Depression and anxiety, which girls tend to suffer more from than boys.

 

Romantic partners.  Girls who commit less serious crimes are influenced by their boyfriends.  But for serious offenses, both boys and girls are equally influenced by a romantic partner.

 

Once she’s regularly breaking rules, it’s not easy to turn things around for a troubled girl.  It requires constant, persistent efforts to:

  • Keep her away from risky associates.
  • Keep her in school and up with studies. 
  • Keep telling her what’s great about her, what’s special, what’s powerful and good.

If you are a parent or caregiver, and you are lucky enough to have a strong mentoring relationship with your troubled daughter, keep it up despite any occasional law-breaking activities.  She’ll need consequences, but they should be obstacles to overcome rather than punishments—such as earning back privileges by having good behavior for a period of weeks or months.

 

If you don’t or can’t have a mentoring relationship, find out who can (or already does).  Admit you might not be the sole support for her success, and work in partnership with a caring adult.  Find out who believes in her already.  Find out who she asks for help if she’s feeling fearful or down about herself.  Listen to her if she talks about someone she’s grateful for for helping her through difficulties.  Girls respond really well to someone who believes in them.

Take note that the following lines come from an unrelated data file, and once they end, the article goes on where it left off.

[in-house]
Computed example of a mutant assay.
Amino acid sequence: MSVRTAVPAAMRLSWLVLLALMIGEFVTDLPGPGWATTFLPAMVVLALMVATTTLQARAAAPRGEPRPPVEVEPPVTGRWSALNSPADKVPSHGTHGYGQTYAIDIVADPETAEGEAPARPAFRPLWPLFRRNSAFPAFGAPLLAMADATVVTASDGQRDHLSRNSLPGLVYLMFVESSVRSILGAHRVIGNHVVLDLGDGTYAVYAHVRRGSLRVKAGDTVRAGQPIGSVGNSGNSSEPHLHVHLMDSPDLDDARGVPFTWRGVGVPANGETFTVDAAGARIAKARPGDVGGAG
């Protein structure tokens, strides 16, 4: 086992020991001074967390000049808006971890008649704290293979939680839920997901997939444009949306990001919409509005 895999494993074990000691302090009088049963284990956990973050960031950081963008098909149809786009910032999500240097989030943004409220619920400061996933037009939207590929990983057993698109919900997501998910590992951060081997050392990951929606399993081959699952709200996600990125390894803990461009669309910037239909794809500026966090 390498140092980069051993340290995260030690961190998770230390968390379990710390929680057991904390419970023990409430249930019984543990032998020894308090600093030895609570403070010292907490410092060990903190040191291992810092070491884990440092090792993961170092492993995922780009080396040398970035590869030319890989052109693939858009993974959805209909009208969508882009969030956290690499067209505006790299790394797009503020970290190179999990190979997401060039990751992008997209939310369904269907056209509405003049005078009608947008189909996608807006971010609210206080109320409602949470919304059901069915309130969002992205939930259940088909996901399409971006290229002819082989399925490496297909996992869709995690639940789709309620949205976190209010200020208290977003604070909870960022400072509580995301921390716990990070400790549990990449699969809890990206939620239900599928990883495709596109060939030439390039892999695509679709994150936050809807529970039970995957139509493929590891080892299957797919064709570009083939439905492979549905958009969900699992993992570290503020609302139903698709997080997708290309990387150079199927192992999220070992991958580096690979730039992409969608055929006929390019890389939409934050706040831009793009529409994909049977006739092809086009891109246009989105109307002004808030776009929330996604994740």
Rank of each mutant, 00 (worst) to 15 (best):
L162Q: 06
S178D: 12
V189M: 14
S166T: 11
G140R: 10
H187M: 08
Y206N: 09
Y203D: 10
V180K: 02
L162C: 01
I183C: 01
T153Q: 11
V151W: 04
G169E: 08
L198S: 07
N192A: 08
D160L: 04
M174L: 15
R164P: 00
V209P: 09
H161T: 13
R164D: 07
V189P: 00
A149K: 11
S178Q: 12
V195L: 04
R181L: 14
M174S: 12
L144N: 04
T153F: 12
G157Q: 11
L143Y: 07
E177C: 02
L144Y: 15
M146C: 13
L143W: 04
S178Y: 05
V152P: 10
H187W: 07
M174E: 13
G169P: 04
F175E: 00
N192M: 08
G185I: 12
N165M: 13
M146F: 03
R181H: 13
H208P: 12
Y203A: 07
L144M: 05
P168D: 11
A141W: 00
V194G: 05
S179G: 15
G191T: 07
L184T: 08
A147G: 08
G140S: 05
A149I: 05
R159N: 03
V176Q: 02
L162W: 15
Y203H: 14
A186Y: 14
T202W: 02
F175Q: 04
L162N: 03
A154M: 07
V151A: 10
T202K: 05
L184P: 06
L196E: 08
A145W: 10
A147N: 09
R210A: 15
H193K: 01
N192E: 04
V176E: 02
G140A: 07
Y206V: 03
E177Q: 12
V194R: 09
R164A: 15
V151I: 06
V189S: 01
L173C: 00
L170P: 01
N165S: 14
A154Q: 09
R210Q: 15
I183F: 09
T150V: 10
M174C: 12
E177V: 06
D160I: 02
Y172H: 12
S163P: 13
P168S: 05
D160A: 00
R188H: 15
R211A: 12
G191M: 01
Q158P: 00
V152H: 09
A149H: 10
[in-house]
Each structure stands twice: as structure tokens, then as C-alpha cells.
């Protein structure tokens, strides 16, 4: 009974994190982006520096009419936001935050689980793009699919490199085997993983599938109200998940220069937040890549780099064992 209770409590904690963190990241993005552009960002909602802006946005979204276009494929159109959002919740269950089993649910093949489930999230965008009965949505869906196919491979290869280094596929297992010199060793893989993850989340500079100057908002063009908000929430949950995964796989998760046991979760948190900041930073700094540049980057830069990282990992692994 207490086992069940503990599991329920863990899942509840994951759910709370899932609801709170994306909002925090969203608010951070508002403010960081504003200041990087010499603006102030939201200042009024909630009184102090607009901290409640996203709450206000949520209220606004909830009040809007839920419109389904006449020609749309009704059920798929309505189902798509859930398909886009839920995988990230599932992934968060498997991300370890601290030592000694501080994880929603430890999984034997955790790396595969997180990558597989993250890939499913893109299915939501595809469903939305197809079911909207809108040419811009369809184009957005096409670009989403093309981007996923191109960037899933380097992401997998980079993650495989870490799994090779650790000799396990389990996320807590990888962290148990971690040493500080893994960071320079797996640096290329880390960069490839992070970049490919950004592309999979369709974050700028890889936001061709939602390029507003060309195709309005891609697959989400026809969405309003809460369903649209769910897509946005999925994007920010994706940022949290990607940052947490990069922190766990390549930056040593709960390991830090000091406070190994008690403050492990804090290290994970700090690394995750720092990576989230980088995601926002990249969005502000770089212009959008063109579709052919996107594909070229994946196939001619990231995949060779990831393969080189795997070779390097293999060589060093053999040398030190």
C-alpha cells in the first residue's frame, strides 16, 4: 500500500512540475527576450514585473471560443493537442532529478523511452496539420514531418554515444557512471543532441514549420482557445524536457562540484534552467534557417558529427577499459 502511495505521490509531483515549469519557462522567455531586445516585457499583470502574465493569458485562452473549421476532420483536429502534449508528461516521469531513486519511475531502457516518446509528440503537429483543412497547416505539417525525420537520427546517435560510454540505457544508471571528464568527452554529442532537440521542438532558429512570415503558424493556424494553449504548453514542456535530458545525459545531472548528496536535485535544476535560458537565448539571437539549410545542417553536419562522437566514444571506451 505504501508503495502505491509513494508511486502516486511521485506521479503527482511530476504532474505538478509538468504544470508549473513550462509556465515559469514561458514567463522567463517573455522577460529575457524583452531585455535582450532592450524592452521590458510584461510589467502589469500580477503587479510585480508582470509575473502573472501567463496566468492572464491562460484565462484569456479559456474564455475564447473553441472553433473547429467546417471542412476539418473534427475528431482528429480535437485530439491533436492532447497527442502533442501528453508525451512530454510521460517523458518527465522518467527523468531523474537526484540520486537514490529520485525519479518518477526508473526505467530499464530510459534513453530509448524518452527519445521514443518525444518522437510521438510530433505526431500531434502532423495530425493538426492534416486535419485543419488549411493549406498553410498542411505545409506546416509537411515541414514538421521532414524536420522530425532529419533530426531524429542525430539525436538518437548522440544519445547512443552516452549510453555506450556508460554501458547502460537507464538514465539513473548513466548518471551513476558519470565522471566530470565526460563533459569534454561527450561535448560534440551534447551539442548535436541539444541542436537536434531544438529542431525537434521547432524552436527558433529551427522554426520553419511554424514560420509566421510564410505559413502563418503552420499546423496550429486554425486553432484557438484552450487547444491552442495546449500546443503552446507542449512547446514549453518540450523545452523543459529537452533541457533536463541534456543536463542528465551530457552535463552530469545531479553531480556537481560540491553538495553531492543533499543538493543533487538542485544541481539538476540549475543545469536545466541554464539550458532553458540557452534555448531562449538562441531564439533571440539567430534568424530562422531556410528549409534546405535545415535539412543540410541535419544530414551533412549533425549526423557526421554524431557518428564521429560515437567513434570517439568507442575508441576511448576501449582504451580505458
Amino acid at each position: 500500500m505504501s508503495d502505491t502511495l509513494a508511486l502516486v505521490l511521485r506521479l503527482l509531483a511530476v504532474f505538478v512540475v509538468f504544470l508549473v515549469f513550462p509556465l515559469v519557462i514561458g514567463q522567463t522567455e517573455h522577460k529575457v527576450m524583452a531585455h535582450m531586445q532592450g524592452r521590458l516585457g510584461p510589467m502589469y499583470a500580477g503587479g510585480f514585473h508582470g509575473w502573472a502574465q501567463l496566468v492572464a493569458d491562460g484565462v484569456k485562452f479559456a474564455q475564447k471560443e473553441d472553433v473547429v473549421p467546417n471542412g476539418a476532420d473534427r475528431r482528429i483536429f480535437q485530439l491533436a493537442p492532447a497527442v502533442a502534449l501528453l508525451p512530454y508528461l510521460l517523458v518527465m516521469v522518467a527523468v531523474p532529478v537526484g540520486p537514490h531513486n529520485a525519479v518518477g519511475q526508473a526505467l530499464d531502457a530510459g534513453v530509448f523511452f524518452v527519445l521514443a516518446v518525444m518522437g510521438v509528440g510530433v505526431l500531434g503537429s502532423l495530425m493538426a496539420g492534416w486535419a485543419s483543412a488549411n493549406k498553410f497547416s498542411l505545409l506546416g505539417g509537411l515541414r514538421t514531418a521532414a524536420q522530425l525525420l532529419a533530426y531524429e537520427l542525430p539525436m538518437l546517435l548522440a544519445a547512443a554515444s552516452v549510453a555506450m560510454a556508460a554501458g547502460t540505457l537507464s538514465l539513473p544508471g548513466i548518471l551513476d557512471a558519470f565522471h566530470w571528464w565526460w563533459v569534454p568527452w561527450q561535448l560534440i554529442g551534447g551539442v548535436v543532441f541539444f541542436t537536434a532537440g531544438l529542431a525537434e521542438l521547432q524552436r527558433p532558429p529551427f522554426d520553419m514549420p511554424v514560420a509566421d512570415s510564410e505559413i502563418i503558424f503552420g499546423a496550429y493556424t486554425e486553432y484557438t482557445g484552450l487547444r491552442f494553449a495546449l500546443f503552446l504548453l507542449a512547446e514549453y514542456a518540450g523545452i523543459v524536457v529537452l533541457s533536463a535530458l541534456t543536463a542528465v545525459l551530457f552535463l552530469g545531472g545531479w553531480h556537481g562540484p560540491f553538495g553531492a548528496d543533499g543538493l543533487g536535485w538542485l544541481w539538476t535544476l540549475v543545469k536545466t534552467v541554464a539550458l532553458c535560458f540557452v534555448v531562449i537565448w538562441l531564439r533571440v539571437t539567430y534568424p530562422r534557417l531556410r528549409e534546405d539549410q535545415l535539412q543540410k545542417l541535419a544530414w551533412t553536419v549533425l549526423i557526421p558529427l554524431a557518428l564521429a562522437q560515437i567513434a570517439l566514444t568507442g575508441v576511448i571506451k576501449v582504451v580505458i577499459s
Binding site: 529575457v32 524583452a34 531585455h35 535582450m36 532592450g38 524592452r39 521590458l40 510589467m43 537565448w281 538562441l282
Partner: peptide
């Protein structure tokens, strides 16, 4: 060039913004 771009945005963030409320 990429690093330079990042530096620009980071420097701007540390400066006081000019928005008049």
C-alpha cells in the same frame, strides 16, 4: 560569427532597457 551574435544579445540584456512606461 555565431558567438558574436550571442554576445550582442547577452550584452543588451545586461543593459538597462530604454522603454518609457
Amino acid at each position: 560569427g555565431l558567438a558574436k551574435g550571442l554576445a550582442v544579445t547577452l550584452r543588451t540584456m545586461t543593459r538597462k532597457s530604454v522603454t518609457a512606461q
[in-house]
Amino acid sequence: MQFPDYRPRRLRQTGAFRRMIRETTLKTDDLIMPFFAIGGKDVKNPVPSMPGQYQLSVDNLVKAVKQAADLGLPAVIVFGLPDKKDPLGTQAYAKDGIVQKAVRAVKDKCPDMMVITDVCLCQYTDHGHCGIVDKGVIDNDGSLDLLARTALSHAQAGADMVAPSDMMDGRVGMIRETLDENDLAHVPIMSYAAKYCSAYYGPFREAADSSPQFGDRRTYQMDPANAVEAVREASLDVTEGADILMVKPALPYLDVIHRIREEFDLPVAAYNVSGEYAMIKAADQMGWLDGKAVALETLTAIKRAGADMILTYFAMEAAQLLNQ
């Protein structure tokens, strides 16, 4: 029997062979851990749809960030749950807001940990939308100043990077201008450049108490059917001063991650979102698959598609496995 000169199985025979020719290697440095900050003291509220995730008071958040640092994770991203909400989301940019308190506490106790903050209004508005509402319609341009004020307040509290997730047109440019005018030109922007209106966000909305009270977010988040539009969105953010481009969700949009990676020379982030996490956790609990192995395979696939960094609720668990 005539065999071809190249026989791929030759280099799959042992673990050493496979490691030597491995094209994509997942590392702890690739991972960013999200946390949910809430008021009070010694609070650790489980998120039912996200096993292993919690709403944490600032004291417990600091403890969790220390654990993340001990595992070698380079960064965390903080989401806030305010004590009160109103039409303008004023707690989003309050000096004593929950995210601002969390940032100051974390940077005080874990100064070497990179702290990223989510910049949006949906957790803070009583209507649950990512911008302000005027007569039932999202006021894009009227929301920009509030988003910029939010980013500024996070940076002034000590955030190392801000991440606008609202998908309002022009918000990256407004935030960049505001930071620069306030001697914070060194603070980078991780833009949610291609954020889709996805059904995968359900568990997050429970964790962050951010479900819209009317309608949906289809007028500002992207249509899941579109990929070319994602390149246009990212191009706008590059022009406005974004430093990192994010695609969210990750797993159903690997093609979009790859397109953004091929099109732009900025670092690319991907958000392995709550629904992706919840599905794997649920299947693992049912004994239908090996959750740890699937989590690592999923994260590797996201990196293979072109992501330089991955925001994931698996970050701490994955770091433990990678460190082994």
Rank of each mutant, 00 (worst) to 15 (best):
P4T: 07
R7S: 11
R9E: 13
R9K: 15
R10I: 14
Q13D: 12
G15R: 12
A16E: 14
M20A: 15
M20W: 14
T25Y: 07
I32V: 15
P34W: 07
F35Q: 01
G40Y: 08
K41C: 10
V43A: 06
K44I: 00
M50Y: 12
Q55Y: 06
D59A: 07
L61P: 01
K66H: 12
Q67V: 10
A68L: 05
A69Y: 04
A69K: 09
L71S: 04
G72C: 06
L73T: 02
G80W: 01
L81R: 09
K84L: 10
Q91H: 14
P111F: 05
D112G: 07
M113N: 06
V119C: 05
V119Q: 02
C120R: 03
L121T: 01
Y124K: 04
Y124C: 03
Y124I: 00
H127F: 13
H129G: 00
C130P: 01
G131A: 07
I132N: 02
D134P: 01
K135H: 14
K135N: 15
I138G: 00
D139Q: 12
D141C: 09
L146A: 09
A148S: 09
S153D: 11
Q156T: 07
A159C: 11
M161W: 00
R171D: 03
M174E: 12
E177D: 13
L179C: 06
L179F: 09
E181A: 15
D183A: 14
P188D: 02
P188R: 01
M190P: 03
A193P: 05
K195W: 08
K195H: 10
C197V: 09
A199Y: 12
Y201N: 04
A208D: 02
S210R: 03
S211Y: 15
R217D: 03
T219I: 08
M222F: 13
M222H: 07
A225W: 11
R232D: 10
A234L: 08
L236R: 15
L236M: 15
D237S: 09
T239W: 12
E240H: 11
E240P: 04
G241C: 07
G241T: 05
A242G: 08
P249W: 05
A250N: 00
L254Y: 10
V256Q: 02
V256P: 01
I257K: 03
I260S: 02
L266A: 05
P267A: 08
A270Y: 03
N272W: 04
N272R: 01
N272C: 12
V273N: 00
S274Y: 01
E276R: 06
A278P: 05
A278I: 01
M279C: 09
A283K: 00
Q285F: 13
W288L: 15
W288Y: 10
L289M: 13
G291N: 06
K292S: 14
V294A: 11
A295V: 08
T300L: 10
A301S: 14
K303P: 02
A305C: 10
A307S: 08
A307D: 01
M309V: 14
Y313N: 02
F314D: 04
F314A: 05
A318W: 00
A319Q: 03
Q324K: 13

Teen girls can be turned around and it’s always worth the effort.  She might be hard to take sometimes, but find something, anything, that’s good about her and let her know.  Over time, you’ll start noticing more and more great things about her, and then she’ll start noticing them too.

Gang up on your kids: Parent networks for tracking at-risk children

Gang up on your kids: Parent networks for tracking at-risk children

An article in the local paper told the story of a mother who desperately tried to get help for her at-risk son to keep him out of a gang.  Yet he became a victim of a drive-by shooting and was in intensive care for days, but he lived.  In the article, she said something I’m very familiar with; she said other parents never told her what they suspected, nor did anyone let her know if her son was at their house when he ran away.  Just knowing her son’s whereabouts could have helped her intercept dangerous activities.  Like her, I never got information from other parents who might have been (or should have been) concerned about my troubled child.  Why didn’t other parents stay in touch and help each other control their children?